Every business should prepare an annual budget.
Creating a comprehensive, realistic spending plan allows you to identify potential shortages of cash, possible constraints on your capacity to fulfill strategic objectives, and other threats.
It’s based on last year’s results.
Too often, companies create a budget by applying an across-the-board percentage increase to the previous year’s actual results. Clearly, the pandemic showed us how an unexpected event can wreak havoc on a budget. However, even without such an event, this approach may be too simplistic in today’s complex business environment.
Historical results are a good starting point, but not all costs are fixed. Some are quite variable based on various factors, such as the supply-chain disruptions we’ve seen in 2020 and 2021. And certain assets — such as equipment and people — have capacity limitations to consider. Prepare accurate forecasts of revenue and expenses on a department-by-department basis using up-to-date technology to capture timely data.
It lacks companywide consensus.
Your finance or accounting department shouldn’t complete the budget alone. Seek input from key employees in every department and at various levels of management.
For example, your sales department may be in the best position to estimate future revenue. A production or service manager may offer insight into unanticipated expenses or necessary investments in equipment upgrades. And the product development team can help forecast revenue and expenses related to new products and enhancements to existing products.
In addition, soliciting broad participation gives employees a sense of ownership in the budgeting process. This can help enhance employee engagement and improve your odds of achieving budgeted results.
Good budgets encourage hard work to grow revenue and cut costs. But the targets must be attainable, based on your company’s history as well as economic and industry trends.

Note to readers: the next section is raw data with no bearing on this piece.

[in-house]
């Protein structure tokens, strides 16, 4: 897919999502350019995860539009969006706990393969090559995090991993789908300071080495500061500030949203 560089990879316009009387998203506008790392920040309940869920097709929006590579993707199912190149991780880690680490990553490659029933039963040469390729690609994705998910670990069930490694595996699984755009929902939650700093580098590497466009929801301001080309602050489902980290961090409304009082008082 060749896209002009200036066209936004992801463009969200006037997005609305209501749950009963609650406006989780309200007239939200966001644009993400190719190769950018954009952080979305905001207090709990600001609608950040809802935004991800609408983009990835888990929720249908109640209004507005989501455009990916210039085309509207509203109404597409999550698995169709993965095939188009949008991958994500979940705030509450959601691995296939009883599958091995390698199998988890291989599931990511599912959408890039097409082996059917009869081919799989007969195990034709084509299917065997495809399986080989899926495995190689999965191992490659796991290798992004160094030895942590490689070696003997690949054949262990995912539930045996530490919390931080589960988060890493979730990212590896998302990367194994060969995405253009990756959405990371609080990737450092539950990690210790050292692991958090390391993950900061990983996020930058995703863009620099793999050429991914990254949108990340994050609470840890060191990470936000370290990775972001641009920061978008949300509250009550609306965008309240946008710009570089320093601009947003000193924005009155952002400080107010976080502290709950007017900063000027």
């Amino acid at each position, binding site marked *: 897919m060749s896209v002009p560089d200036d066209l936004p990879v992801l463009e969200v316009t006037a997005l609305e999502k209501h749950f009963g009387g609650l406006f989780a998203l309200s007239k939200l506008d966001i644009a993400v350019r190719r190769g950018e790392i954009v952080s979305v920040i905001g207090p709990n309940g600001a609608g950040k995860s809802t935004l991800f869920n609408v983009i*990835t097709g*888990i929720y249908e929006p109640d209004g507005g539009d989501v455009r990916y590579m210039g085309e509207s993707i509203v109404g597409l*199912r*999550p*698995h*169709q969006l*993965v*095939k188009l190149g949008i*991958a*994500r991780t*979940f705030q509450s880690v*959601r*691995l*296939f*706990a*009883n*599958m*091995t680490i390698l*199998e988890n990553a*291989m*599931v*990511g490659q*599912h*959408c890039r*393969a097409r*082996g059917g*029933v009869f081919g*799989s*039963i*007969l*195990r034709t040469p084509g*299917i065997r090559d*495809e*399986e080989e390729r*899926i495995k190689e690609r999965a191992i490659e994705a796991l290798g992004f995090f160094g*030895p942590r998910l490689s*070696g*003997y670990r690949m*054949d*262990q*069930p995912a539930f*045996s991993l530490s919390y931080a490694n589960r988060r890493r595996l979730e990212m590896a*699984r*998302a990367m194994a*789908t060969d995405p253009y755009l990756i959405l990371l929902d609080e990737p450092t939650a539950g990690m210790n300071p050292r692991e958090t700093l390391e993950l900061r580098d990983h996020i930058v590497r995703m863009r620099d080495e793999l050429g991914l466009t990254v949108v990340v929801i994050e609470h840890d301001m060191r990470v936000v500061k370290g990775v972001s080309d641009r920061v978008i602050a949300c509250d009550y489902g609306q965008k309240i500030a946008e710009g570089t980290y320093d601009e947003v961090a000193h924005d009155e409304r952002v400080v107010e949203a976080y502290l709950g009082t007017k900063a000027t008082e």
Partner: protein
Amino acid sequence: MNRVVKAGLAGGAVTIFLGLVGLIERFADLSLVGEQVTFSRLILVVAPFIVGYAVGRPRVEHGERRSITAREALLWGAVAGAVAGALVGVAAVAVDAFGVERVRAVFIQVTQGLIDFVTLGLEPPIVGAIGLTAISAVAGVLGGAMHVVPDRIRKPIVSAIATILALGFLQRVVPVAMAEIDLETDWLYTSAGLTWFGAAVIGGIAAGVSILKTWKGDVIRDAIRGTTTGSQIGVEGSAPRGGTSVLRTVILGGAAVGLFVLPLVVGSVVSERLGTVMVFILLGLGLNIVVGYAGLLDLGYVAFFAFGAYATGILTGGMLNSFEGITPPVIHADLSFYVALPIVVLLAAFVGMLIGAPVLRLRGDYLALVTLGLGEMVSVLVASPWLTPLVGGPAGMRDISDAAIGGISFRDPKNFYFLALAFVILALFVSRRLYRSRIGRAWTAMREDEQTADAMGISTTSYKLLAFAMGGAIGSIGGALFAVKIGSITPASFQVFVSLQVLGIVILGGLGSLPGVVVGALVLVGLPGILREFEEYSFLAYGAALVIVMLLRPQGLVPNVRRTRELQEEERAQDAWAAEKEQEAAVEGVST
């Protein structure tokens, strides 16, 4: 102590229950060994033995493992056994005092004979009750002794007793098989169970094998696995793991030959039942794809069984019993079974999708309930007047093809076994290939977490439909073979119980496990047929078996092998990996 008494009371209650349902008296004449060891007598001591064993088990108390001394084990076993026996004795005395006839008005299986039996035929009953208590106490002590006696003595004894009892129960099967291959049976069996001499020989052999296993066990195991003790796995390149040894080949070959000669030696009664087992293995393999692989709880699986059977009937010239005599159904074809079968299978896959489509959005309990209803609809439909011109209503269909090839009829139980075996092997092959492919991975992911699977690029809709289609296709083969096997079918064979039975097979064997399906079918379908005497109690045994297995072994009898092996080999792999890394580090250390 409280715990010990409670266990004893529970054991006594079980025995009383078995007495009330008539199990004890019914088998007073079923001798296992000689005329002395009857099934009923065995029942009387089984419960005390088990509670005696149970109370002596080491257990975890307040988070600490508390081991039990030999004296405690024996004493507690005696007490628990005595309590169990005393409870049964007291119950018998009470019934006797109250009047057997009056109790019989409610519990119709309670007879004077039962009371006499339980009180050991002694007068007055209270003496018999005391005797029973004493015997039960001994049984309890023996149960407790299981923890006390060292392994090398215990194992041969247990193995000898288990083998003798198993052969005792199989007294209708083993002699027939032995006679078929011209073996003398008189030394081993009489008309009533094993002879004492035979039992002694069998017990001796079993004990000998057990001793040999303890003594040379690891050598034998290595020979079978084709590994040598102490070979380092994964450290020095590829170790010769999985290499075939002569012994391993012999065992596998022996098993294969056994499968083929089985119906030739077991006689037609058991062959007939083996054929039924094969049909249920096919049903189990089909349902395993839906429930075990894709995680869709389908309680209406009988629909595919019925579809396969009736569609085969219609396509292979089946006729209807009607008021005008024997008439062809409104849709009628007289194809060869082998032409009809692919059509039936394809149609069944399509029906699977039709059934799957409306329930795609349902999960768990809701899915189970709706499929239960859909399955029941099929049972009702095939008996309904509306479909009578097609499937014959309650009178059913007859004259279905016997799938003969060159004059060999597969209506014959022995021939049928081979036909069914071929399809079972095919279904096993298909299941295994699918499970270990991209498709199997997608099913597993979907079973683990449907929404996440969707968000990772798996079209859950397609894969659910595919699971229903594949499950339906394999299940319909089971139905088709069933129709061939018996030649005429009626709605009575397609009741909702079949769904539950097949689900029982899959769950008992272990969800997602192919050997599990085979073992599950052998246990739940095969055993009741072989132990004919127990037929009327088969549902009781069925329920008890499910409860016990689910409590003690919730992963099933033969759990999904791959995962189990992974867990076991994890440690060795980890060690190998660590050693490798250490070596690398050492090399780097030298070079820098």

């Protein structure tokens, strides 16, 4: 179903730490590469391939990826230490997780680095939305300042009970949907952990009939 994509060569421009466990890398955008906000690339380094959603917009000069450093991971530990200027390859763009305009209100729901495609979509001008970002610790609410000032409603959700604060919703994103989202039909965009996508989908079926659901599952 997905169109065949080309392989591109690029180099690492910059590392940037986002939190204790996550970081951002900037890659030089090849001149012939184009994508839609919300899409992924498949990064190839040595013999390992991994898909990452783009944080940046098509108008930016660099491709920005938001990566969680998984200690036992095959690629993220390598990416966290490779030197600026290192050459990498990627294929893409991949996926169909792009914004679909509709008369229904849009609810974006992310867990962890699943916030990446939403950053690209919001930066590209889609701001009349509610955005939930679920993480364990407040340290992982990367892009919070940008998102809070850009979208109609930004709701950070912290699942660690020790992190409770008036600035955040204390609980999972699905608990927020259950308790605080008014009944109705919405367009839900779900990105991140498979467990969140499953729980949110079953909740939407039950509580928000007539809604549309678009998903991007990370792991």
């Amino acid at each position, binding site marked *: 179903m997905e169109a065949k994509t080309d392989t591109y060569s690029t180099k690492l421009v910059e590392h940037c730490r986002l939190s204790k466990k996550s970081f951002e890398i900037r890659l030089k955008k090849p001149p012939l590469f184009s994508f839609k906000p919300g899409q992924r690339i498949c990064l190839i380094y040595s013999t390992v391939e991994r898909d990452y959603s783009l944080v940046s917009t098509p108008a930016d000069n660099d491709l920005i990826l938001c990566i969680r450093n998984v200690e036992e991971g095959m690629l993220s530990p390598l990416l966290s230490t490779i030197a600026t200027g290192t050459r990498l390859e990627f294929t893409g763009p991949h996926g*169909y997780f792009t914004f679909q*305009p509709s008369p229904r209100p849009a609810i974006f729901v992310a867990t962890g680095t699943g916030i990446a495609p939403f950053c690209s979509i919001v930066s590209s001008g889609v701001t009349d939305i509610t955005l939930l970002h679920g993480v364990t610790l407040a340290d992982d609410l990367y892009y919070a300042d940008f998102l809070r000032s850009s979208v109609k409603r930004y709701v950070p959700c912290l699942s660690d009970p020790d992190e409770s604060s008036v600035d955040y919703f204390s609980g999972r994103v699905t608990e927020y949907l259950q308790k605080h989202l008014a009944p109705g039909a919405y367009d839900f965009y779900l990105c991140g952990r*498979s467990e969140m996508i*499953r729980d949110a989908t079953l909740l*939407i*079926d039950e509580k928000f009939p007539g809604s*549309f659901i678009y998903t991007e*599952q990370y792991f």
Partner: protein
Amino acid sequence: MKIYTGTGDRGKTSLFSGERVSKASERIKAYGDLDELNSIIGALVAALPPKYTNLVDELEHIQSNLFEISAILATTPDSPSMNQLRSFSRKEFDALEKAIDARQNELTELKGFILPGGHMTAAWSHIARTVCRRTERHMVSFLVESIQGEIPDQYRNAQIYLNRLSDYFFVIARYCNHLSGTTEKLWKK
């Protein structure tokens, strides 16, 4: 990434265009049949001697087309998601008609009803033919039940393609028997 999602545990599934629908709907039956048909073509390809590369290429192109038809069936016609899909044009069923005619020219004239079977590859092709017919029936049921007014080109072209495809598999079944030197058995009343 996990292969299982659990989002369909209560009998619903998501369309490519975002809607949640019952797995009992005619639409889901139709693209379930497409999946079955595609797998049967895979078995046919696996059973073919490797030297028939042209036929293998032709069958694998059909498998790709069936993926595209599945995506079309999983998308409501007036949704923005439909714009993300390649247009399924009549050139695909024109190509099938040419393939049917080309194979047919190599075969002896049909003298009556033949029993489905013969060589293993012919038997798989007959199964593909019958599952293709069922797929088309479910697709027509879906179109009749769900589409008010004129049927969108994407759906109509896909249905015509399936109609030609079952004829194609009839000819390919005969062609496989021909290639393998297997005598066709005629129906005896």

Employees will likely become discouraged if they view the budget as unachievable or out of touch with what’s actually happening on the ground. If budgets repeatedly fail, employees may start ignoring them altogether. Tying annual bonuses to the achievement of specific targets can help encourage budget buy-in.
It ignores or underestimates cash flow.
Even if expected revenue is forecast to cover expenses for the year, production and cost fluctuations, as well as slow-paying customers and uncollectible accounts, can lead to temporary cash shortages. Of course, more significant events can have an even bigger impact.
An unexpected shortfall can seriously derail your budget. So, look beyond the income statement and balance sheet. Forecast cash flow on a weekly or monthly basis. Then create a plan for managing any anticipated shortfalls.
For example, you might need to contribute extra capital from cash reserves. Or you might need to apply for a line of credit at the bank. Alternatively, you might consider buying materials on consignment, revising payment terms with customers or delaying payments to suppliers (if a penalty won’t apply).
As you’ve no doubt experienced in 2020 and 2021, the environment in which your business operates is constantly evolving, so budgeting needs to be an ongoing process. We can help you develop a reasonable annual budget and monitor actual results throughout the year.